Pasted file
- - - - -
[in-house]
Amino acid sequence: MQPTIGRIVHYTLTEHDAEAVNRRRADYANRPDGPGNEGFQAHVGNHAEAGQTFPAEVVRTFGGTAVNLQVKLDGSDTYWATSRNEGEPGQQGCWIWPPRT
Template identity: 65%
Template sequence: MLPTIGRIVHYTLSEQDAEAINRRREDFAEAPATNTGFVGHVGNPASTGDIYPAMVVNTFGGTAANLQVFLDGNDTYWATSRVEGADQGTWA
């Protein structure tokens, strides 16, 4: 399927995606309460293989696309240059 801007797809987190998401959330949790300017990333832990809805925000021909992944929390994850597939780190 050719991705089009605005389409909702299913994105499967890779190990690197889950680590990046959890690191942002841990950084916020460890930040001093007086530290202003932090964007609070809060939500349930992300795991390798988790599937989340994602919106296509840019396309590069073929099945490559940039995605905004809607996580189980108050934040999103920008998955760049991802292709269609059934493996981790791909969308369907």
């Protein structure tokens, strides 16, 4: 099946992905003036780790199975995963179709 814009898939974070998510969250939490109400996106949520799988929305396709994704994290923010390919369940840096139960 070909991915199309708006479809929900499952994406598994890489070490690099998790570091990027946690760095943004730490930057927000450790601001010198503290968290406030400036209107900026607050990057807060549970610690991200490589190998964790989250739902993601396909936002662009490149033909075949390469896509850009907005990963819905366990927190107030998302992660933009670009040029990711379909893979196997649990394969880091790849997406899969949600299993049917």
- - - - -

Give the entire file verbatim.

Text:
[in-house]
Amino acid sequence: MQPTIGRIVHYTLTEHDAEAVNRRRADYANRPDGPGNEGFQAHVGNHAEAGQTFPAEVVRTFGGTAVNLQVKLDGSDTYWATSRNEGEPGQQGCWIWPPRT
Template identity: 65%
Template sequence: MLPTIGRIVHYTLSEQDAEAINRRREDFAEAPATNTGFVGHVGNPASTGDIYPAMVVNTFGGTAANLQVFLDGNDTYWATSRVEGADQGTWA
């Protein structure tokens, strides 16, 4: 399927995606309460293989696309240059 801007797809987190998401959330949790300017990333832990809805925000021909992944929390994850597939780190 050719991705089009605005389409909702299913994105499967890779190990690197889950680590990046959890690191942002841990950084916020460890930040001093007086530290202003932090964007609070809060939500349930992300795991390798988790599937989340994602919106296509840019396309590069073929099945490559940039995605905004809607996580189980108050934040999103920008998955760049991802292709269609059934493996981790791909969308369907």
């Protein structure tokens, strides 16, 4: 099946992905003036780790199975995963179709 814009898939974070998510969250939490109400996106949520799988929305396709994704994290923010390919369940840096139960 070909991915199309708006479809929900499952994406598994890489070490690099998790570091990027946690760095943004730490930057927000450790601001010198503290968290406030400036209107900026607050990057807060549970610690991200490589190998964790989250739902993601396909936002662009490149033909075949390469896509850009907005990963819905366990927190107030998302992660933009670009040029990711379909893979196997649990394969880091790849997406899969949600299993049917």